Mary McClinton, an Everett-area woman known for her community leadership and career in social service, died on November 23rd last year, 19 days after a routine medical procedure where she received an injection from an unlabeled container of the antiseptic chlorhexidine rather than radiological dye. Virginia Mason apologized at the time for the preventable medical error that resulted in McClinton's death and then instituted changes to its medication and solution labeling procedures. As part of the settlement, Virginia Mason has taken responsibility for this medical error and advocates that errors be addressed openly and honestly by all hospitals to make health care safer.
The McClinton family has found some solace, according to Kahn, in knowing that news of their mother's death will likely save many others by highlighting the dire consequences of failing to label medications. "We recognize how difficult this has been for the McClinton family," said Gary Kaplan, MD, Chairman and CEO. "Care at Virginia Mason has been strengthened as a result of this process. Virginia Mason is committed to the elimination of medical errors and improving patient safety each and every day."
A recent survey of 1,600 hospitals conducted by the Institute for Safe Medication Practices found that only 41 percent of hospitals always label medication containers and solutions in operating rooms. According to the survey, an alarming 18 percent of the hospitals do not label containers at all and another 42 percent apply labels inconsistently.
The Joint Commission on Accreditation of Healthcare Organizations (JCAHO), a national body that sets patient safety standards for hospitals and other health care providers, recently adopted new labeling standards that underscore the importance of medication and solution labeling changes throughout the health care industry. The new standards require all accredited facilities in the country to label all medications, medication containers and other solutions used in operative settings. "This change in the accreditation standards has been needed for years." said Kahn. "We are pleased that medical professionals are taking this seriously. Doing so will save lives."
The specific amount of the Settlement Agreement is confidential. However, under its terms, Virginia Mason will use McClinton's case in an ongoing training program to maintain labeling protocols for all new employees including doctors, nurses and medical staff. Additionally, the hospital will contribute a substantial sum of money in McClinton's name over five years to the charity of the McClinton family's choice including the newly established Mary L. McClinton Foundation established to carry on her work.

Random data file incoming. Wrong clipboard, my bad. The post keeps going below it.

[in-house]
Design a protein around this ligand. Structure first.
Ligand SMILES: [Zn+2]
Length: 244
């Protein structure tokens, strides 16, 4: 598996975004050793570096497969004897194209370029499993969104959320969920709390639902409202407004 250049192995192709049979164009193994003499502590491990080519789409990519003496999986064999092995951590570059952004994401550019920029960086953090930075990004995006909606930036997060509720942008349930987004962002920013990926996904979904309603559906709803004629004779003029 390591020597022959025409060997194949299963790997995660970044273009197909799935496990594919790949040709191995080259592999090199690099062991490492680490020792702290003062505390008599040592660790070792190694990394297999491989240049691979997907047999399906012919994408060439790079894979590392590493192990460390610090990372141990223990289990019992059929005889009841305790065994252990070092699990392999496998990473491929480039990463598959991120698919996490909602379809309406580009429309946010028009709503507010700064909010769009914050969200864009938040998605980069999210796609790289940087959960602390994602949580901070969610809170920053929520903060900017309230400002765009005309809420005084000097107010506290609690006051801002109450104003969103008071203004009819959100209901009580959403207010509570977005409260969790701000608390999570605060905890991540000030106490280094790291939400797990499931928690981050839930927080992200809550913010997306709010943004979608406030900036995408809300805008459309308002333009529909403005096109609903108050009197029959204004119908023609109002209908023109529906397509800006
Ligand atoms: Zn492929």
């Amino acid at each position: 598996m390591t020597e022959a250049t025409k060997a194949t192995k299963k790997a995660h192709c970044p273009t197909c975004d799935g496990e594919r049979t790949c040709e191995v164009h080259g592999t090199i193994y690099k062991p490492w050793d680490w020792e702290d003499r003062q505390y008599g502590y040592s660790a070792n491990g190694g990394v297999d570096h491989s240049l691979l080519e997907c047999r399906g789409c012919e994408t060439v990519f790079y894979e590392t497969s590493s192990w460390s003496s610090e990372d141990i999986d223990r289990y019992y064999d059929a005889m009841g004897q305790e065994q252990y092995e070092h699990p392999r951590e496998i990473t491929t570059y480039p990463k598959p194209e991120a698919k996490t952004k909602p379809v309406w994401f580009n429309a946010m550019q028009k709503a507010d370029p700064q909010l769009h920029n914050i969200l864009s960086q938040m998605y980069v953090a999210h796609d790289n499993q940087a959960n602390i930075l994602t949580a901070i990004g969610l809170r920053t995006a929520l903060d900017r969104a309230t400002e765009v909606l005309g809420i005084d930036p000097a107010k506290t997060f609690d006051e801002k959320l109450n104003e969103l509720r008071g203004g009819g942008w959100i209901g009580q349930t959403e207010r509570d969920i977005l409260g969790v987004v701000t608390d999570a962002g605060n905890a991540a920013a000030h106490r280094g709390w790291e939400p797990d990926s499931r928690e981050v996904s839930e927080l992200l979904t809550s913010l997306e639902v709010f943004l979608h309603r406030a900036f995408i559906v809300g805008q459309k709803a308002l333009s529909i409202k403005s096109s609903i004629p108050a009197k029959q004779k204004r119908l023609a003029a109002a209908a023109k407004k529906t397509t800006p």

CEO Gary Kaplan, M.D., Robert Caplan, MD, Medical Director of Quality, and Chris Anderson of Fain, Sheldon, Anderson & Van Derhoef represented Virginia Mason at the mediation. "It was clear to the McClinton family at mediation that Virginia Mason was truly sorry for this tragic mistake," said Kahn. "Dr. Kaplan sincerely expressed an ongoing dedication to patient safety at the highest level. After this terrible experience, I expect that Virginia Mason will follow through with its renewed commitment to patient safety," he concluded.
A tireless volunteer and civic activist, Mary McClinton devoted her life to helping others. Born and raised in Arkansas, McClinton was a professional social worker who worked in Alaska for almost 30 years, earning adoption by the Tlingit Tribe of Juneau and the name "Jin-Koo-See'e" or, in English, "Hands That Make Dreams Come True." While raising four sons, McClinton also foster-parented eight children and worked to help countless others as a steadfast advocate for the disabled, poor, and disadvantaged.
Virginia Mason Medical Center will honor Mary McClinton through support to non-profit organizations dedicated to educating the public about patient safety issues. Virginia Mason will highlight this case in patient safety trainings and nationally when speaking about the importance of eliminating medical errors in health care.